Why University of Illinois and City College tuition should be slashed. According to a summary of the new book Risky Behavior Among Youth by Jonathan Gruber ("Poverty Research News," September-October), teenagers are not pathological risk takers who ignore economic incentives. "For example, teen smoking and marijuana use decisions are found to be sensitive to the prices of these substances; teen pregnancy risk falls as the incidence of AIDS rises (raising the risk of unprotected sex) and as welfare benefits fall (lowering the potential value of support for an out-of-wedlock child)....Finally, state college tuition policy is an important determinant in the decision to drop out of high school; when state tuition is low, individuals are more likely to complete high school, as the cost of continuing education is reduced."
Downstate dispatch: immigrants make Beardstown livable. "Before the [Mexican] population came, Beardstown was a small, dying town," says insurance agent Kevin Kleinschmidt, referring to the immigrant families who've come to take jobs in the local meat-packing plant (Illinois Issues, September). "Five, six years ago, you could go down to the square. It would be deserted. Now it's bustling all day long."
Friday Night Finches -- are you ready for some bird feeding? Eldon Greij writes in the suburban-based "Bird's-Eye reView" (September-October), "More people feed birds than watch football or baseball or any other sport, or participate in any other outdoor activity. Bird feeding is in. More than 50 million Americans already have season tickets."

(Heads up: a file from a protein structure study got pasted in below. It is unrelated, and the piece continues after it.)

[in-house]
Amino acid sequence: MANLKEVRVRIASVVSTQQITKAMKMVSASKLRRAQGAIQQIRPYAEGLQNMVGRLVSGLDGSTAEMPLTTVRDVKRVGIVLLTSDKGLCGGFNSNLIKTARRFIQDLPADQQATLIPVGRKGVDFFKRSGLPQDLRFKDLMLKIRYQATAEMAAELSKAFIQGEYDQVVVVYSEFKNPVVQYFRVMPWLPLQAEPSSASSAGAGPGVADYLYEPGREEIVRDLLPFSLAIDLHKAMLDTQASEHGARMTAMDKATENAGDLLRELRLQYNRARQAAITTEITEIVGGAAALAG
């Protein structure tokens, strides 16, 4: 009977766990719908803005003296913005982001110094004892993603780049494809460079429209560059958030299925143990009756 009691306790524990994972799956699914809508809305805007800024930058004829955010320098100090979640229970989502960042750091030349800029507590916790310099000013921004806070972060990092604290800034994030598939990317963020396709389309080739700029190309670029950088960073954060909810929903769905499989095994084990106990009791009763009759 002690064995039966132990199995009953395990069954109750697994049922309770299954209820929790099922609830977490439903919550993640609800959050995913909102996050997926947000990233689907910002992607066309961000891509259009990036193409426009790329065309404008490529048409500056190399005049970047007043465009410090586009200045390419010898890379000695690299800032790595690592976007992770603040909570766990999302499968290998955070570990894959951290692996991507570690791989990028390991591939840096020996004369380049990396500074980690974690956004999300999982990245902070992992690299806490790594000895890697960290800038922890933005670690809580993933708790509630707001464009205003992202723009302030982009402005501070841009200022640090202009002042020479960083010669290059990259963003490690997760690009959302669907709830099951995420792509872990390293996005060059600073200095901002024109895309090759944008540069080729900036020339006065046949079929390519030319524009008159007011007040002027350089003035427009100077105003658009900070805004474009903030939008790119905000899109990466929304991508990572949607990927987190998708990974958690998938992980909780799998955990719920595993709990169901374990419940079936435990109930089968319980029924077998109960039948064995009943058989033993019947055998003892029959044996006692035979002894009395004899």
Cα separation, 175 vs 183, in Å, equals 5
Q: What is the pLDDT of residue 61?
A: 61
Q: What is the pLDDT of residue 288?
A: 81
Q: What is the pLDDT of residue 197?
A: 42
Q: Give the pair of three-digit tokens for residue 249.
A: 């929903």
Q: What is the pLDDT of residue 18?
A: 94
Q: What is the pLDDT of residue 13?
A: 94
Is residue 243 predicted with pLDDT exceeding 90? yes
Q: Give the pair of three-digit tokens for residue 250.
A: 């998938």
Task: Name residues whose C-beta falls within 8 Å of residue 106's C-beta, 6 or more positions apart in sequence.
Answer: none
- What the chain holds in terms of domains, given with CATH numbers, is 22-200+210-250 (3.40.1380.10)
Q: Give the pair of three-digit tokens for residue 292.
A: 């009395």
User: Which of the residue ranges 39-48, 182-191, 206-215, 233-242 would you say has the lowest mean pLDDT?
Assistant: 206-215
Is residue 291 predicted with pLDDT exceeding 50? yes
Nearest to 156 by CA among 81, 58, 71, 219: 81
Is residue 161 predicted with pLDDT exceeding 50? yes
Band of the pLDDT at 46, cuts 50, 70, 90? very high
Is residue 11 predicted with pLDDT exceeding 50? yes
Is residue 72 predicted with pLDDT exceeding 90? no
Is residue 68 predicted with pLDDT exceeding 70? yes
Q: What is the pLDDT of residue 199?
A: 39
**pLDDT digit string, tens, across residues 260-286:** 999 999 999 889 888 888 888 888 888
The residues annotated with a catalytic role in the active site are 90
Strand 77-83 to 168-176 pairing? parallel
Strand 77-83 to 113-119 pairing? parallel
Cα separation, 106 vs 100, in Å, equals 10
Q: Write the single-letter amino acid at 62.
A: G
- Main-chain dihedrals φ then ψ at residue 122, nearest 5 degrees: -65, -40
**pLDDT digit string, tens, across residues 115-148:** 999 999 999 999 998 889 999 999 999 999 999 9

The good news. A year of technical courses at a community college raises earnings of displaced workers about 5 percent. The bad news. Sixty percent of 21,000 displaced workers in a 1990-'94 Washington state study left school before the end of the first quarter ("Research Summary: The Returns of Going Back to School for Displaced Workers," by Robert LaLonde, www.harrisschool.uchicago.edu).
Missile "defense"--it won't work politically either. Writing in the journal International Security (Summer), University of Chicago political scientist Charles Glaser and Steve Fetter of the University of Maryland argue that a national missile defense "would increase U.S. security only if the United States could deploy an effective system without seriously damaging its relations with Russia and China." Unless Russia and China can be mollified, missile defense will simply provoke them to beef up their missile attack systems, leading to an arms race and less security for the U.S. than before (a summary of the report is at www.harrisschool.uchicago.edu).
Flattery from the easily impressed. The organization Zero Population Growth has given Chicago a B grade in its "Kid-Friendly Cities Report Card 2001." This would be better news if any city had received a grade lower than a C minus.
The doctors' drug habit. Percentage of sore throats that can be treated with antibiotics: about 11. Percentage of sore throats for which antibiotics were prescribed in a survey of more than 2,000 adults who went to their doctor complaining of a sore throat from 1989 to 1999: 73 (Journal of the American Medical Association, September 12).
That snap you heard was the word "community" being stretched past the breaking point. The Chicago Housing Authority's newly approved plan for the ABLA homes will include what the agency calls "a mixed-income community" of 1,467 CHA units, 845 affordable-housing units, and 966 market-rate units. But Gail Mansfield reports in the September 7 issue of the "Near West/South Gazette" that 383 of the CHA units will not be located on the current ABLA site. CHA deputy director of communications Francisco Arcaute "said the reason for so many of the units being located away from the ABLA site is that 'We don't want to resegregate public housing residents.' He added that the 383 units 'will still be part of ABLA,' although he said the CHA does not know where in the city of Chicago the apartments will be located, and whether a scattered-site or single-development approach will be used."